Acute Carpal Tunnel Syndrome in A Rheumatoid Patient on Warfarin Due to Spontaneous Median Nerve Intraneural Hemorrhage Treated Successfully with Carpal Tunnel Decompression
Jamie D’Costa¹, Panos Makrides² and Anastasios P Nikolaides1,2*
1 College of Medical and Dental Science, University of Birmingham, UK
2 Trauma and Orthopaedics Department, University Hospitals Birmingham NHS Foundation Trust, Birmingham UK
Submission: October 10, 2018;Published: October 30, 2018
*Corresponding author: Anastasios P Nikolaides, Honorary Senior Lecturer, College of Medical and Dental Sciences University of Birmingham, Senior Orthopaedic and Trauma Specialist, University Hospitals Birmingham NHS Foundation Trust Birmingham UK.
How to cite this article: Jamie D, Panos M, Anastasios P N. Acute Carpal Tunnel Syndrome in A Rheumatoid Patient on Warfarin Due to Spontaneous Median Nerve Intraneural Hemorrhage Treated Successfully with Carpal Tunnel Decompression. Ortho & Rheum Open Access J 2018; 13(2): 555856. DOI: 10.19080/OROAJ.2018.13.555856.
Background: Acute carpal tunnel syndrome is a common complication following injuries of the wrist and hand. There are however a few reported cases in the literature where spontaneous intraneural bleeding following anticoagulation treatment with various agents.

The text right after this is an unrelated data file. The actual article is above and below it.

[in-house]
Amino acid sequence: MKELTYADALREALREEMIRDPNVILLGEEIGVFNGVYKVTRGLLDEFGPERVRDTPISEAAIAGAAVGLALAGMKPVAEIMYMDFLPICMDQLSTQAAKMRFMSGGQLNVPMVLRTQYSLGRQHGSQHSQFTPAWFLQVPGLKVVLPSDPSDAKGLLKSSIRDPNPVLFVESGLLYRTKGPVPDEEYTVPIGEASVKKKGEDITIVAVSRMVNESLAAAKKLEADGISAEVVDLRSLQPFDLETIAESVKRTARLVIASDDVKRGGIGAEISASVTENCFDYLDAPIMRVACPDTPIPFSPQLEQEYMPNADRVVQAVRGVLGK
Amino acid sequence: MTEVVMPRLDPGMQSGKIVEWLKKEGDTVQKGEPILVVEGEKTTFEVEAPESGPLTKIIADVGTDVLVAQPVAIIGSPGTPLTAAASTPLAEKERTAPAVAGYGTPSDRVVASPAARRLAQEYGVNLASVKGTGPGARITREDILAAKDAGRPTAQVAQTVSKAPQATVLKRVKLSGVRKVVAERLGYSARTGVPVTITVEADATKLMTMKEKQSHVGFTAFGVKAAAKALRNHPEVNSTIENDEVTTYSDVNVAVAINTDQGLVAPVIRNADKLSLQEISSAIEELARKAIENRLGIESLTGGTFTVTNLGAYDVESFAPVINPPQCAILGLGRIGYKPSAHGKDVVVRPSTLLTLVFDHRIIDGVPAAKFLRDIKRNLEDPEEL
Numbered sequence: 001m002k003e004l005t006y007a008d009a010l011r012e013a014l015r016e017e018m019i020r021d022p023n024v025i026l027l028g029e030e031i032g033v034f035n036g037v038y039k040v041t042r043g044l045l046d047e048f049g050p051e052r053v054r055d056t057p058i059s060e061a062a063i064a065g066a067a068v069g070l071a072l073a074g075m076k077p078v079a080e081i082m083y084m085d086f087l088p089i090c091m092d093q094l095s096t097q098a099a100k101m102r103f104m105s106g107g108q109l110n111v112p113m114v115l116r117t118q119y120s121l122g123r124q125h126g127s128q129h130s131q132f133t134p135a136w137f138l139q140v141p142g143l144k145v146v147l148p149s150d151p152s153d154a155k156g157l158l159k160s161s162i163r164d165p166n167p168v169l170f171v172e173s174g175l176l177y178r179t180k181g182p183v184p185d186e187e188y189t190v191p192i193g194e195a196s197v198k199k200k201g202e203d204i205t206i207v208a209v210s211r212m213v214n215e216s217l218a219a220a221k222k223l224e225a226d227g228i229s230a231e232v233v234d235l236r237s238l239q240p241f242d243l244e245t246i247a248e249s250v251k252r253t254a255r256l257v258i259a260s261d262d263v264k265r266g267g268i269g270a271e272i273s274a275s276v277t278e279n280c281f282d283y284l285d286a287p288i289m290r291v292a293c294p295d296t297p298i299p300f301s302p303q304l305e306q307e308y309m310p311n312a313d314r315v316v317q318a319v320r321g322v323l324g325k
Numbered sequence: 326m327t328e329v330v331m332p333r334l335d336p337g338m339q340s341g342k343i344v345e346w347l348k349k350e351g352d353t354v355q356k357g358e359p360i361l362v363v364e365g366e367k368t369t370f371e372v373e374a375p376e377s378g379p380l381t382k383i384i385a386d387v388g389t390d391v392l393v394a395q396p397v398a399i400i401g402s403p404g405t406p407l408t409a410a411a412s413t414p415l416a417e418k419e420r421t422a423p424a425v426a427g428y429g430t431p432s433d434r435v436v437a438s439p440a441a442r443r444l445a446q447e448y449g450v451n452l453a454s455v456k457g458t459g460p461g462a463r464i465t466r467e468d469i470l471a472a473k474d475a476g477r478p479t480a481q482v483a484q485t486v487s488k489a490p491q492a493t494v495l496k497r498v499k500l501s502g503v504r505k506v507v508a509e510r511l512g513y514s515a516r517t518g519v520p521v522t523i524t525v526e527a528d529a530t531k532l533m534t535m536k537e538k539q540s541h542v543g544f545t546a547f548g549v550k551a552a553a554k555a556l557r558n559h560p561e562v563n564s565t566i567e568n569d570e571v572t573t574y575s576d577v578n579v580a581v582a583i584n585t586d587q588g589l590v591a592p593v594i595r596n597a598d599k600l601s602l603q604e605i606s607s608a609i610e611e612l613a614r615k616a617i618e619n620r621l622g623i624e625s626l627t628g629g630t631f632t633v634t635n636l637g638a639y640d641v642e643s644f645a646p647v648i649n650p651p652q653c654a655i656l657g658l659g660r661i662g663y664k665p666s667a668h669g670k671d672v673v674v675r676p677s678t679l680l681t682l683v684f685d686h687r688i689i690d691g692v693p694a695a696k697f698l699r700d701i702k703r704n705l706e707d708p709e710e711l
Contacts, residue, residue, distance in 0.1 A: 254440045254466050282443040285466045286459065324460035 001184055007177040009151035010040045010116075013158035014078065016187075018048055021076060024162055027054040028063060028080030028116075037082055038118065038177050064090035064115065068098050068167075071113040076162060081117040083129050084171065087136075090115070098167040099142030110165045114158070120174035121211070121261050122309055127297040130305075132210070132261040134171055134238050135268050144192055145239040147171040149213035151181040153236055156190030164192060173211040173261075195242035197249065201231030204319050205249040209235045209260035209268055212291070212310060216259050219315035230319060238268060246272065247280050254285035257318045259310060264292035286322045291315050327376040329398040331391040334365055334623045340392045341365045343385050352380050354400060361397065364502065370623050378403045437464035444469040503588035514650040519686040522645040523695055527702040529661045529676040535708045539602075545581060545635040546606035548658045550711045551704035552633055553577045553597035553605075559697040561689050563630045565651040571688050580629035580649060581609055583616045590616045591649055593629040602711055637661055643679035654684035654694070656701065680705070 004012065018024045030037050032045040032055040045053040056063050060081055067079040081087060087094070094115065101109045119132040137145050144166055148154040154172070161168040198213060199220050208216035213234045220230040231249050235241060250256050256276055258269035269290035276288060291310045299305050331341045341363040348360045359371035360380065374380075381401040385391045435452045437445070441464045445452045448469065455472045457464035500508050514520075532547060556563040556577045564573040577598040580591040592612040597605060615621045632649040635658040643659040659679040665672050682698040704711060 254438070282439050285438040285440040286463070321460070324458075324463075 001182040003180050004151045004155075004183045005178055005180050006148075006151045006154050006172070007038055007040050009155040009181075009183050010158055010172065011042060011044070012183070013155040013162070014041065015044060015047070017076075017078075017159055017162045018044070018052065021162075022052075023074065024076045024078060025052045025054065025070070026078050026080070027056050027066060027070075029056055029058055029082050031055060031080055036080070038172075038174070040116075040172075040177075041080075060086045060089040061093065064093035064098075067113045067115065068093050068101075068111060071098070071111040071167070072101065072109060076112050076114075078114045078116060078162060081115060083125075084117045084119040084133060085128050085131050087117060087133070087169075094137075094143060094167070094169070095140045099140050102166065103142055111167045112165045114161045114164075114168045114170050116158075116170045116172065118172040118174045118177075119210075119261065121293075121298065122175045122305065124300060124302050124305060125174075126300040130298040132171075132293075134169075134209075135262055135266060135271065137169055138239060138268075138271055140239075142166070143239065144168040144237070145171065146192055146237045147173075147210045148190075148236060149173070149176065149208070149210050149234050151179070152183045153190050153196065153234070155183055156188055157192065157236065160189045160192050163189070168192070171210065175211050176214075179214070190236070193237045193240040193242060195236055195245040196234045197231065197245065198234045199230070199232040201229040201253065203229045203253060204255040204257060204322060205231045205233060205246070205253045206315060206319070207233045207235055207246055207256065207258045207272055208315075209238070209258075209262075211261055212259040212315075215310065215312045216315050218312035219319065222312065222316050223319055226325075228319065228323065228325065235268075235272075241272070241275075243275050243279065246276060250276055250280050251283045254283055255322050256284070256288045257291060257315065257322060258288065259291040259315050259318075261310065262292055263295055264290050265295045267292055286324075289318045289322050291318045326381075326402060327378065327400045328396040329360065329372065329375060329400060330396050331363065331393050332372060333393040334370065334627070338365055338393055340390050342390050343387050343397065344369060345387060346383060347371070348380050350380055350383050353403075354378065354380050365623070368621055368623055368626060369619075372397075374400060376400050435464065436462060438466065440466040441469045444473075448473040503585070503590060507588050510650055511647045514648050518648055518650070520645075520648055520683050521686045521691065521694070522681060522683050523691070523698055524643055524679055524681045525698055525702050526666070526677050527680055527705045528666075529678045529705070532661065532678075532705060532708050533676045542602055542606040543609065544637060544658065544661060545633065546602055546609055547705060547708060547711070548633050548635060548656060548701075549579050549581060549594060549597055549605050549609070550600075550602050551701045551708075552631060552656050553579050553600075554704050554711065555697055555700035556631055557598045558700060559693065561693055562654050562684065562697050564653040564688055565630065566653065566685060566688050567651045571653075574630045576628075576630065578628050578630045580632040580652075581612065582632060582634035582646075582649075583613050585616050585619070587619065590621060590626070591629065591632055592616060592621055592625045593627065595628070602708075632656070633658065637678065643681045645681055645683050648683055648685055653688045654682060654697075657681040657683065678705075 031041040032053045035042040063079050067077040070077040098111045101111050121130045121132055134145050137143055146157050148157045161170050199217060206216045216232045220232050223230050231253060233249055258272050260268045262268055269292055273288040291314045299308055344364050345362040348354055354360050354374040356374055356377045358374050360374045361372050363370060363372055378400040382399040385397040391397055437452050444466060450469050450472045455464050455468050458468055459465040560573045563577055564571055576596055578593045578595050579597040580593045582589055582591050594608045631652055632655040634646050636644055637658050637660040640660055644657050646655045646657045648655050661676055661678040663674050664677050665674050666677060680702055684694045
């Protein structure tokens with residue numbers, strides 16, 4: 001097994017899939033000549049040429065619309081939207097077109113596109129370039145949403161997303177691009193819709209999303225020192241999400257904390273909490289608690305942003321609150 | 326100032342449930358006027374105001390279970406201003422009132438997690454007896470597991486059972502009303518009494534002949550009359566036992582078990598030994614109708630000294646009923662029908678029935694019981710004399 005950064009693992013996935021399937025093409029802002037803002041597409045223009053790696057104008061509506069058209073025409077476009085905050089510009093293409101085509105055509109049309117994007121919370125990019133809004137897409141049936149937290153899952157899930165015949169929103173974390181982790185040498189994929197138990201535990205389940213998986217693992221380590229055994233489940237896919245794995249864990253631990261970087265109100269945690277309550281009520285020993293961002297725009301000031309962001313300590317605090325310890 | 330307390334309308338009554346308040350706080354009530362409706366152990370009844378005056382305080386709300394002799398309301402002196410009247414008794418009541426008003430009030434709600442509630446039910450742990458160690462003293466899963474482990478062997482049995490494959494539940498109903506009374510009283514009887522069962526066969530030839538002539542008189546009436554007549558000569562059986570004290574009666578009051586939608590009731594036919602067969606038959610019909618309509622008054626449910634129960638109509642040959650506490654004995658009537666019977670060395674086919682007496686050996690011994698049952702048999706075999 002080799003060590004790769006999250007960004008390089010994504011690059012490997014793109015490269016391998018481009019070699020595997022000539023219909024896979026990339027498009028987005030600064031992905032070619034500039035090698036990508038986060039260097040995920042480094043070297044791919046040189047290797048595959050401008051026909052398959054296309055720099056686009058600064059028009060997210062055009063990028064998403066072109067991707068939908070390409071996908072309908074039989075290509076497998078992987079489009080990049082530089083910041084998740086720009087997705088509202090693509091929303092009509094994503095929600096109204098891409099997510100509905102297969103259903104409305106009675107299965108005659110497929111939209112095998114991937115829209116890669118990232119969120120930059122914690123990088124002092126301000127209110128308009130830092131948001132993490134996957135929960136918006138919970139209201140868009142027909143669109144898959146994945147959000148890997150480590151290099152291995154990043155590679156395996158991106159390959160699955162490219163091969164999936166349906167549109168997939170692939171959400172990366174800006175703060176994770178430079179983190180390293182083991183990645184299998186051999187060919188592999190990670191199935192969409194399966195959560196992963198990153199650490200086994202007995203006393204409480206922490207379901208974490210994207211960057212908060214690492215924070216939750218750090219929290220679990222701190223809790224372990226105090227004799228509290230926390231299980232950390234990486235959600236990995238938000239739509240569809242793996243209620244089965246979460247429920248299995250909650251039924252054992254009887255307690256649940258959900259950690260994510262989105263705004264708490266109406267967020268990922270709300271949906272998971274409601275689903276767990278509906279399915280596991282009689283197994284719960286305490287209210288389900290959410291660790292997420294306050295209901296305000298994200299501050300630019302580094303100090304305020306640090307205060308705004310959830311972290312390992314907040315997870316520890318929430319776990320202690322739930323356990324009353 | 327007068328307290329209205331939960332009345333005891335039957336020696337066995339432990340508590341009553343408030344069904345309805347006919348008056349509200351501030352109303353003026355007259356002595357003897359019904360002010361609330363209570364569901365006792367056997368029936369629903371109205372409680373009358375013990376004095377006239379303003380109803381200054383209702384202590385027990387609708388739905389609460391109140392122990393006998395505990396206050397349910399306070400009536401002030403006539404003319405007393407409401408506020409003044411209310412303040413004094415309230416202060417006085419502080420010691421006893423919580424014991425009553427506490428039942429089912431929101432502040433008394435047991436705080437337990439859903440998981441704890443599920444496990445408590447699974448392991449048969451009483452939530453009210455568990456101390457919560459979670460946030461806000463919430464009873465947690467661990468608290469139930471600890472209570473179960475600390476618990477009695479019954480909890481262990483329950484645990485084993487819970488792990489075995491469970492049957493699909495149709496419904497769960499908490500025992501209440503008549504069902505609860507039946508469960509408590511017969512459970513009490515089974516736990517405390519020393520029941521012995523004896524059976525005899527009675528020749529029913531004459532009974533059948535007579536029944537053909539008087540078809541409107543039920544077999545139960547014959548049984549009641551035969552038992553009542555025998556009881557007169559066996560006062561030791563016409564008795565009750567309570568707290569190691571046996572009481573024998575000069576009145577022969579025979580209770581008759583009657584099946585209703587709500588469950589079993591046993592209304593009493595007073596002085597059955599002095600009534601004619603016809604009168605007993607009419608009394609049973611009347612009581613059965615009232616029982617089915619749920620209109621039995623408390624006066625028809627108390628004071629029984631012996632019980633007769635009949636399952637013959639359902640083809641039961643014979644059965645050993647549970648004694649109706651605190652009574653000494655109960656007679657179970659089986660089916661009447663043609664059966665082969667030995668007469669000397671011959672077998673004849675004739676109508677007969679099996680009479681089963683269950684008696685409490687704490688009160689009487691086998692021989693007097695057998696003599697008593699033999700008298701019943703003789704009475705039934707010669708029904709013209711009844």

Case presentation: We present the case of a 53-year-old female patient with a past medical history of aortic valve replacement and rheumatoid arthritis treated with warfarin and methotrexate, who presented to our emergency department with symptoms of Acute Carpal Tunnel Syndrome (ACTS). Due to the escalating severity of the median nerve neuropathy, she underwent an ACTS decompression, which revealed a median intraneural hematoma. The hemorrhage restricted carpal tunnel space causing acute pressure on the median nerve. There was no diffuse bleeding inside the carpal tunnel or subcutaneously. Four weeks post operatively there was no sign of median nerve neuropathy.
Conclusion: Acute carpal tunnel decompression can safely be performed in rheumatoid patients on warfarin and raised INR with ACTS due to spontaneous intraneural bleeding
Keywords: Carpal Tunnel Syndrome; Warfarin; Rheumatoid arthritis; Intraneural hemorrhage
Carpal tunnel syndrome is a neuropathy of the median nerve caused by compression, presenting with pain, paresthesia and tingling in the median nerve distribution . Carpal tunnel syndrome can be either acute (ACTS) or chronic. ACTS is characterized by a grossly raised intra-carpal pressure and the subsequent reduction of capillary blood flow leading to ischemia, jeopardizing the survival of the median nerve. ACTS is a rare condition and usually caused by trauma; however, there is a growing body of case reports demonstrating ACTS without history of trauma. In several cases this is due to anticoagulant medication causing bleeding. This case report contextualizes the first rheumatoid patient who suffered an intraneural hematoma within the series of patients with ACTS secondary to spontaneous bleeding.